Anti-Money Laundering Rules Affecting Futures Commission Merchants
FIA/SIA Letters to the Financial Crimes Enforcement Network regarding the Final Rule for Section 312 of the USA Patriot Act. Anti-Money Laundering: FIA Asks CFTC for No-Action Letter on Customer Identification SAR Reporting Requirements and AML Update -- 4/9/2004 thru 5/18/2004 NFA: TREASURY: Treasury Designates Commercial Bank of Syria as Financial Institution of Primary Money Laundering Concern Treasury Designates Bosnian Charities Funneling Dollars to Al Qaida U.S. Announces Easing and Lifting of Sanctions Against Libya Treasury to Issue General License Lifting Much of Economic Embargo FinCEN: Enforcement Action in the Matter of Riggs Bank FinCEN Assesses $25 million Civil Money Penalty Against Riggs Bank N.A. SAR Activity Review: By the Numbers Imposition of Special Measures Against Burma Imposition of Special Measures Against Myanmar Mayflower Bank and Asia Wealth Bank Proposed Changes to CMIR Form to Streamline Reporting Process, Enhance Information for Law Enforcement FEDERAL RESERVE: Anti-Money Laundering: FSA Hits Bank of Scotland with Huge Fine
Anti-Money Laundering: FIA Asks CFTC for No-Action Letter on Customer Identification
SAR Reporting Requirements and AML Update -- 4/9/2004 thru 5/18/2004
Treasury Designates Commercial Bank of Syria as Financial Institution of Primary Money Laundering Concern
Treasury Designates Bosnian Charities Funneling Dollars to Al Qaida
U.S. Announces Easing and Lifting of Sanctions Against Libya Treasury to Issue General License Lifting Much of Economic Embargo
Enforcement Action in the Matter of Riggs Bank
FinCEN Assesses $25 million Civil Money Penalty Against Riggs Bank N.A.
SAR Activity Review: By the Numbers
Imposition of Special Measures Against Burma
Imposition of Special Measures Against Myanmar Mayflower Bank and Asia Wealth Bank
Proposed Changes to CMIR Form to Streamline Reporting Process, Enhance Information for Law Enforcement
Anti-Money Laundering: FSA Hits Bank of Scotland with Huge Fine
Anti-Money Laundering: New Guidance on Verifying Customer Identities
Anti-Money Laundering: Final Rule Issued for Reporting Suspicious Activity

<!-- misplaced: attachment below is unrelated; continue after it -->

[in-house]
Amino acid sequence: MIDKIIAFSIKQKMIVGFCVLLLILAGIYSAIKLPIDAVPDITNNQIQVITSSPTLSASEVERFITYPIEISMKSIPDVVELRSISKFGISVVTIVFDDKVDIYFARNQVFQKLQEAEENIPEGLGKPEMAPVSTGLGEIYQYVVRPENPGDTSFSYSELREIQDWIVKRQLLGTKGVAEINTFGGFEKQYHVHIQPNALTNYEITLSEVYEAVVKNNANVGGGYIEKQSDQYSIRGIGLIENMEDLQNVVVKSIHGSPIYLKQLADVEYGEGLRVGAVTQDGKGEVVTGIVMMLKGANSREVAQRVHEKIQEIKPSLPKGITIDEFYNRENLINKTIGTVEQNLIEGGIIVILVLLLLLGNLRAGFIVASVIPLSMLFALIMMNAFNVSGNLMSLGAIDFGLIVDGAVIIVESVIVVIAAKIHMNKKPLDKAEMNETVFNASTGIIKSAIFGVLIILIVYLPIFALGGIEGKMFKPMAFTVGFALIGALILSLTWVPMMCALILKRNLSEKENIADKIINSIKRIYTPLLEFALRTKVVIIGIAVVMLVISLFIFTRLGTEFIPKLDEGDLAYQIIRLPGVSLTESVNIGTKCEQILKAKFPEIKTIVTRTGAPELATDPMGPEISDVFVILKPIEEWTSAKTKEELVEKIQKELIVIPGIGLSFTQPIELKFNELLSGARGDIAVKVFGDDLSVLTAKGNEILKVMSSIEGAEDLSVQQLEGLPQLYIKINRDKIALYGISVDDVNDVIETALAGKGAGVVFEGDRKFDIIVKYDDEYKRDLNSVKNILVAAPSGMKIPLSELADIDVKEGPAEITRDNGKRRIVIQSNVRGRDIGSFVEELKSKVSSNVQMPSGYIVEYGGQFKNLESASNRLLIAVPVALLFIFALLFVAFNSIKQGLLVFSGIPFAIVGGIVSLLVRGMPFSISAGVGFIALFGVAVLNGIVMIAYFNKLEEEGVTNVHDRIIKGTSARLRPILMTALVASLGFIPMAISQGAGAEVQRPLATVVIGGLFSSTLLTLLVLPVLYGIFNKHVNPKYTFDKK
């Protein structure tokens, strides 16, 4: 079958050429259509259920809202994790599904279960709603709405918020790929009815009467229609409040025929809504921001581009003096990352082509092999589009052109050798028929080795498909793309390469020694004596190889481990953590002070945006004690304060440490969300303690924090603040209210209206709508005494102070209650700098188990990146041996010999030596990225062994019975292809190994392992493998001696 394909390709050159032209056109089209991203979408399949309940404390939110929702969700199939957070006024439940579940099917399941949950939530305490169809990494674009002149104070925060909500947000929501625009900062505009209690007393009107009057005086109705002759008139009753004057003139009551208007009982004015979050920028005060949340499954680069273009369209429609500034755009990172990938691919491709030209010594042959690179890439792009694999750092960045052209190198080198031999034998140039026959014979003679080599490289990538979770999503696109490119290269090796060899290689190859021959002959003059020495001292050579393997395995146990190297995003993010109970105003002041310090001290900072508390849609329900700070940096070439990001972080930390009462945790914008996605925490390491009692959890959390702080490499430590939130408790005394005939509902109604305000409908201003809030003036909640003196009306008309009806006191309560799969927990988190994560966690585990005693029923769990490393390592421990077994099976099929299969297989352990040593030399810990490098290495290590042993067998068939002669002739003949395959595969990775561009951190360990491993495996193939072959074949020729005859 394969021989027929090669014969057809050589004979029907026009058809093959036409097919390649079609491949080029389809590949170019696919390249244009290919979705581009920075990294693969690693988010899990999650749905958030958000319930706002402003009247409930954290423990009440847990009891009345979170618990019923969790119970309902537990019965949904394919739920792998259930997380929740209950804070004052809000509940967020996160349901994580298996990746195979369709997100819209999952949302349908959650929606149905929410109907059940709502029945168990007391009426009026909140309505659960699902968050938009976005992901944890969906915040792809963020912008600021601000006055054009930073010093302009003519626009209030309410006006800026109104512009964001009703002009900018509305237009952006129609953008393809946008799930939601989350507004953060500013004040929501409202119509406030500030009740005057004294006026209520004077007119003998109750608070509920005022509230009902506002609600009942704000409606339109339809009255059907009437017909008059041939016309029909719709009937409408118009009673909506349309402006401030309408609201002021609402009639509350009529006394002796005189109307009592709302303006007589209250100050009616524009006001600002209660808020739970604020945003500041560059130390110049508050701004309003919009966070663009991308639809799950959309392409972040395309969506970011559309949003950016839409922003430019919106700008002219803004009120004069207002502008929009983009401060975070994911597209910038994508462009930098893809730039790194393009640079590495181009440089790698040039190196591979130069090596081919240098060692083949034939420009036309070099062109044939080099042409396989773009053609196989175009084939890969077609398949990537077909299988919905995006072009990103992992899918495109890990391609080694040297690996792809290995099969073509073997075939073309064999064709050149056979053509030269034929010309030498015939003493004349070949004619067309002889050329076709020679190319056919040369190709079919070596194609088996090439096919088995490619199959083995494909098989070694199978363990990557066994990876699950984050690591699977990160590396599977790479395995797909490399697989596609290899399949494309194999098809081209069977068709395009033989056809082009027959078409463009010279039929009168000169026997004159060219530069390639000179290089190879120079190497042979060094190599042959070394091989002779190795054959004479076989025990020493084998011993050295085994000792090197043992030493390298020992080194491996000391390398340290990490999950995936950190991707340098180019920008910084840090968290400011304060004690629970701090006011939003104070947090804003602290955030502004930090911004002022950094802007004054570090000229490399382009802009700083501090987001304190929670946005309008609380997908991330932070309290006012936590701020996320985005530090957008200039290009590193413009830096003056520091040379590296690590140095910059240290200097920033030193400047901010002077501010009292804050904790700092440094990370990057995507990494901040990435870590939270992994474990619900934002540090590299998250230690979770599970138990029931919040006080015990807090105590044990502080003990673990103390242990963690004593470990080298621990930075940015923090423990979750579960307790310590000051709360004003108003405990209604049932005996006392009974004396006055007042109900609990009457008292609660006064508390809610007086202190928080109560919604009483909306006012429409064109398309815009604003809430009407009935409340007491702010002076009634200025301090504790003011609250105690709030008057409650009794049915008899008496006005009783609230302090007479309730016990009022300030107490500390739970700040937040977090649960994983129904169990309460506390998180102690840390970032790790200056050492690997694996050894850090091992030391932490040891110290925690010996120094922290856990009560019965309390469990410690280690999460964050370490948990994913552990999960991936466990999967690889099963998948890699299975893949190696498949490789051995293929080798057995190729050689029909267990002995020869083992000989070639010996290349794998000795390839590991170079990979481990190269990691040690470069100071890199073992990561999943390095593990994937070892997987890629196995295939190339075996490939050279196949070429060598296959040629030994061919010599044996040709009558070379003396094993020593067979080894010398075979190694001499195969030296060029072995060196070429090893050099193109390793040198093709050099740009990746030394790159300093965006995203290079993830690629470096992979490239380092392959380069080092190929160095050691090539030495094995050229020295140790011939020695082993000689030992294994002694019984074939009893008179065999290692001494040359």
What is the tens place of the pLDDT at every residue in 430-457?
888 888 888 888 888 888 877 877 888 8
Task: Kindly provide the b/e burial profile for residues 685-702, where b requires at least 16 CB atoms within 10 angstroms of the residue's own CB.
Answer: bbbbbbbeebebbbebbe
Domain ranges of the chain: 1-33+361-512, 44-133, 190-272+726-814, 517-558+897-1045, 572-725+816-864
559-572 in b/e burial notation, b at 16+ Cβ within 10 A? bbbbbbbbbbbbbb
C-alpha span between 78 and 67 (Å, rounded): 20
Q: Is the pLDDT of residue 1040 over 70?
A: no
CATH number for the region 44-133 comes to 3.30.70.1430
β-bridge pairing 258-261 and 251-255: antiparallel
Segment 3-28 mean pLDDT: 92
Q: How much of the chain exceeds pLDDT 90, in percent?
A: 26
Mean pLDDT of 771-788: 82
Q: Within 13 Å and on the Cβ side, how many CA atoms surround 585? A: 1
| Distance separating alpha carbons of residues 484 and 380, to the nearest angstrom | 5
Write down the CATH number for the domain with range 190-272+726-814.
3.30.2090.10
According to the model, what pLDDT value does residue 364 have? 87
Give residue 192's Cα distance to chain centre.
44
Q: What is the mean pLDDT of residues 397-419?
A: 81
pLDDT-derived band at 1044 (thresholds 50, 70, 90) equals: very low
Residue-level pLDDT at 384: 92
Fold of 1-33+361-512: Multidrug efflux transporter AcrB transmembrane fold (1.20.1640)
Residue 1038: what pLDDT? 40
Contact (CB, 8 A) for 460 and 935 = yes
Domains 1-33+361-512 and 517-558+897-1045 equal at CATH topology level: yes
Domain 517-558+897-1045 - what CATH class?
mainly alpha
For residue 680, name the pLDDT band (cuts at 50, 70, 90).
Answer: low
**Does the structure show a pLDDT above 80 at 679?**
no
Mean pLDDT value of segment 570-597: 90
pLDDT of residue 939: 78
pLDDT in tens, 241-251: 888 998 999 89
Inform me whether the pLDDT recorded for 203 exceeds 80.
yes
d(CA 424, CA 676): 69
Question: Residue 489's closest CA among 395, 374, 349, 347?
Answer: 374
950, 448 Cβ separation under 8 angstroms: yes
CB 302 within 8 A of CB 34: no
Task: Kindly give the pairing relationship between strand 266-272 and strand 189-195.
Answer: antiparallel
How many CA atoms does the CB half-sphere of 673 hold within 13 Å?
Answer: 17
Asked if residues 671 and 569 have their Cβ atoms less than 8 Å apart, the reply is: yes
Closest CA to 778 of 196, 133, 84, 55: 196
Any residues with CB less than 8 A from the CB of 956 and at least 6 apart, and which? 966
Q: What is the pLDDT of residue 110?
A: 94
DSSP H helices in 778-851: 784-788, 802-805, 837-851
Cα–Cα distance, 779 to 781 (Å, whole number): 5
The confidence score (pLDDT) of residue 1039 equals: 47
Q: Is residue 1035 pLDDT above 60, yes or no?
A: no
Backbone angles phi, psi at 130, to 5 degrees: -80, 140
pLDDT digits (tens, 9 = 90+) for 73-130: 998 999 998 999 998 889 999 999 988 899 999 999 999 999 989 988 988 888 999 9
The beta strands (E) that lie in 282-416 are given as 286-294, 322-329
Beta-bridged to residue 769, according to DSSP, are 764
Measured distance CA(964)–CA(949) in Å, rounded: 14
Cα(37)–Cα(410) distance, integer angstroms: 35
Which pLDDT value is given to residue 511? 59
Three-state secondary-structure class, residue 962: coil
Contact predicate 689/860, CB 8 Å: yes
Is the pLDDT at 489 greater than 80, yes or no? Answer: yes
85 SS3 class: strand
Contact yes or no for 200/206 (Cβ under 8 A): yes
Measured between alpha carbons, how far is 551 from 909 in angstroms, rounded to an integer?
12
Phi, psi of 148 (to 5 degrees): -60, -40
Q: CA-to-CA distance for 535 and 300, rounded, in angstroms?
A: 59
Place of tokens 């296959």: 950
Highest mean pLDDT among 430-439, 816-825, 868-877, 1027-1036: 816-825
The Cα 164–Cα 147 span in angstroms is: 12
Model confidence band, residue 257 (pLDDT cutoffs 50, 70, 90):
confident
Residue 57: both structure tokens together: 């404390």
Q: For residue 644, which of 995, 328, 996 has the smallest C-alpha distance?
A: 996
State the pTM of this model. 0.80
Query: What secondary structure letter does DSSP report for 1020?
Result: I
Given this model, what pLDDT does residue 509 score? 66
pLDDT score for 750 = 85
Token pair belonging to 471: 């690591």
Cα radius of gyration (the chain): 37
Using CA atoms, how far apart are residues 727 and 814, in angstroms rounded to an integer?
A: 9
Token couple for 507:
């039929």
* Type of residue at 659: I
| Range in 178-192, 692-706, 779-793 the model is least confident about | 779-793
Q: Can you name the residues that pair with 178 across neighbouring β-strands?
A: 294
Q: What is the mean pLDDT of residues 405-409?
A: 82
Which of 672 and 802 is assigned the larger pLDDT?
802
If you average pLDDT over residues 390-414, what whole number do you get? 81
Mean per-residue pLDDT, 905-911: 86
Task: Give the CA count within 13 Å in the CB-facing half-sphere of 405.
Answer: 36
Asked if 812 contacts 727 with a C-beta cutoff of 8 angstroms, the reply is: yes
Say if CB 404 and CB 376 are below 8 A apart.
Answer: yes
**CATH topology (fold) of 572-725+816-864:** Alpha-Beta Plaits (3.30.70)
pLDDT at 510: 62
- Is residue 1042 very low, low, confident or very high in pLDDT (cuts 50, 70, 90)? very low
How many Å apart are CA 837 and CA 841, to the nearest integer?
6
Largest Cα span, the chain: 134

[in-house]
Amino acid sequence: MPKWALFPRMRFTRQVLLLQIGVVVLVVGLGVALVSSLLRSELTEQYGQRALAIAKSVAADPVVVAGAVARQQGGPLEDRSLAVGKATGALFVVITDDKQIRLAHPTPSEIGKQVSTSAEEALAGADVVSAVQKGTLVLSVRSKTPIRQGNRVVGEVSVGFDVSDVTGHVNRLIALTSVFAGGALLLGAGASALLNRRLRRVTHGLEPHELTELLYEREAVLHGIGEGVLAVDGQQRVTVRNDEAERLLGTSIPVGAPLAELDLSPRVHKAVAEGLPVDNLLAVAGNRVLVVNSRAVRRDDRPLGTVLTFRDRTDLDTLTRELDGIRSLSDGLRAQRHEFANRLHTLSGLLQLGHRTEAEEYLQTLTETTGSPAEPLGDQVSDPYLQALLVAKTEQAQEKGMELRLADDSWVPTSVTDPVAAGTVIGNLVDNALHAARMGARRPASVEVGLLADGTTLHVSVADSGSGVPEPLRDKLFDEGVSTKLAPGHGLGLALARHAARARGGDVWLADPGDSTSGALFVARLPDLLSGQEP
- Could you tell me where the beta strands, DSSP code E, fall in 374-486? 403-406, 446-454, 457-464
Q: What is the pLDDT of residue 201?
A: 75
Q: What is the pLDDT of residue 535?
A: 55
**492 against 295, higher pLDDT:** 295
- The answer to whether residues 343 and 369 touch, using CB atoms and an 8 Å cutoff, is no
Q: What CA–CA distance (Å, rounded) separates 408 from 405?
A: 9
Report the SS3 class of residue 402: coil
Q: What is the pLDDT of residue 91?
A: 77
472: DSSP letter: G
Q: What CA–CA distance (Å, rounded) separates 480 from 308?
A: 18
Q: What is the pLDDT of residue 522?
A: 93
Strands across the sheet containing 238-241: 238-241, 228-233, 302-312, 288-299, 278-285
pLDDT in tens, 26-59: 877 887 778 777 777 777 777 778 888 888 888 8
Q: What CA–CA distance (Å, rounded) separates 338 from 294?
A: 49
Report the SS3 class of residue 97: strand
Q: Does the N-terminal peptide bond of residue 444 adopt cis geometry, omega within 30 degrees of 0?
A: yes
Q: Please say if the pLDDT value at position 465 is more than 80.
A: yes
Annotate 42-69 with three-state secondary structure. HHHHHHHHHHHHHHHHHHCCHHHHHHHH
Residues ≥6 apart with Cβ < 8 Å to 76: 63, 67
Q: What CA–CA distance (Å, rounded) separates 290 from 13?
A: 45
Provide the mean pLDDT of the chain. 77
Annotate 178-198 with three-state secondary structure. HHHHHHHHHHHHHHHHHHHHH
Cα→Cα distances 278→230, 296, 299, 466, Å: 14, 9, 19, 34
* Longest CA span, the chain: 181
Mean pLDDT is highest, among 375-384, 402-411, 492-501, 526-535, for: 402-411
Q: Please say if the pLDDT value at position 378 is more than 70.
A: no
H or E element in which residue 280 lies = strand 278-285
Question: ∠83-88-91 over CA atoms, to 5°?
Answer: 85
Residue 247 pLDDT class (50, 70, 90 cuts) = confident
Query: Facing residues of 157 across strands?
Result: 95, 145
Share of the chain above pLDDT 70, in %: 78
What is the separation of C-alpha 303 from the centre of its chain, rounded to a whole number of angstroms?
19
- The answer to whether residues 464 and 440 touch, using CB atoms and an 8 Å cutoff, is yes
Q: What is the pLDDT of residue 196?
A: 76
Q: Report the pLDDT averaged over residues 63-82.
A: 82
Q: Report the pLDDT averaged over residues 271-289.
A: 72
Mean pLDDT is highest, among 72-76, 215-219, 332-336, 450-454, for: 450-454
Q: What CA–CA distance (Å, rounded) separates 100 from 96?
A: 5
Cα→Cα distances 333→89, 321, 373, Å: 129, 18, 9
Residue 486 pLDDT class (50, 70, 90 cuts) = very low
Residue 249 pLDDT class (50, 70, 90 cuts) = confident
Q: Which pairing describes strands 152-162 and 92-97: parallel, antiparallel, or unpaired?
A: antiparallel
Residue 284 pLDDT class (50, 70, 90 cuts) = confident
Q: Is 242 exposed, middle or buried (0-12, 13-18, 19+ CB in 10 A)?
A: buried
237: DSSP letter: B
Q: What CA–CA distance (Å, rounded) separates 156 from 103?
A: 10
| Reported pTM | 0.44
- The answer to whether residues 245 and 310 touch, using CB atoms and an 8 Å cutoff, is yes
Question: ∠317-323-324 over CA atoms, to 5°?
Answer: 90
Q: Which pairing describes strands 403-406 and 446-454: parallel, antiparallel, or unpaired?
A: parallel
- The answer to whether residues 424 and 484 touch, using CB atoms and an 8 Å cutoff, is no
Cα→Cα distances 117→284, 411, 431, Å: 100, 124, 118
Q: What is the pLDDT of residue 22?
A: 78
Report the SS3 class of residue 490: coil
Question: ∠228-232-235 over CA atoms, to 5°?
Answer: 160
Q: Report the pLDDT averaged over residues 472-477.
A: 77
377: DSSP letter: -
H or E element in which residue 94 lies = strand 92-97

The U.S. Treasury Department has issued a final regulation requiring futures commission merchants and introducing brokers to file reports with the Financial Crimes Enforcement Network when they detect suspicious activity. This requirement applies to transactions in funds or assets of at least $5,000. The procedures for monitoring suspicious activity and filing must now be incorporated in the firm's written anti-money laundering compliance program. Failure to file or a late filing of a suspicious activity report is subject to civil money and criminal penalties. The effective date of the rule is Dec. 22 and the applicability date is May 18, 2004.
A committee of FIA Law and Compliance Division chaired by Bill McCoy of Morgan Stanley has been working with Treasury and the CFTC to express the FIA's views in the drafting process and to garner further guidance on open issues related to anti-money laundering compliance requirements. On July 9, the FIA filed a comment letter supporting the proposed SAR rules but requesting clarification in certain areas. The letter (see link below) asked Treasury how the rules would apply in certain situations, such as with futures commission merchants that are also registered as broker-dealers. The FIA also suggested that executing and clearing brokers involved in "give-ups" with the same customer should be required to file only one suspicious activity report and urged Treasury to allow the sharing of information about suspicious activity between U.S. FCMs and foreign brokers and between U.S. FCMs and CTAs where they share the same customers.
The final rule clarifies that an FCM/BD can file a single SAR report to either an appropriate securities or futures regulator or SRO. When two FCMs are involved in a transaction with the same customer, such as in a "give-up" arrangement, either firm filing a SAR report can satisfy the obligation of both FCMs to file. Treasury will be issuing guidance on how financial institutions can file joint SARs in the appropriate circumstances. On the issue of sharing information with entities that are not "financial institutions" under the Bank Secrecy Act, such as CTAs and foreign brokers, Treasury noted that because foreign entities are not "financial institutions" they are not eligible for protections under the Bank Secrecy Act.
In addition, the FIA has been seeking clarification with respect to another important area of AML compliance--the customer identification requirements. On July 22, FIA sent a letter (see link below) requesting clarification on these rules. Treasury has not yet issued any guidance on this matter.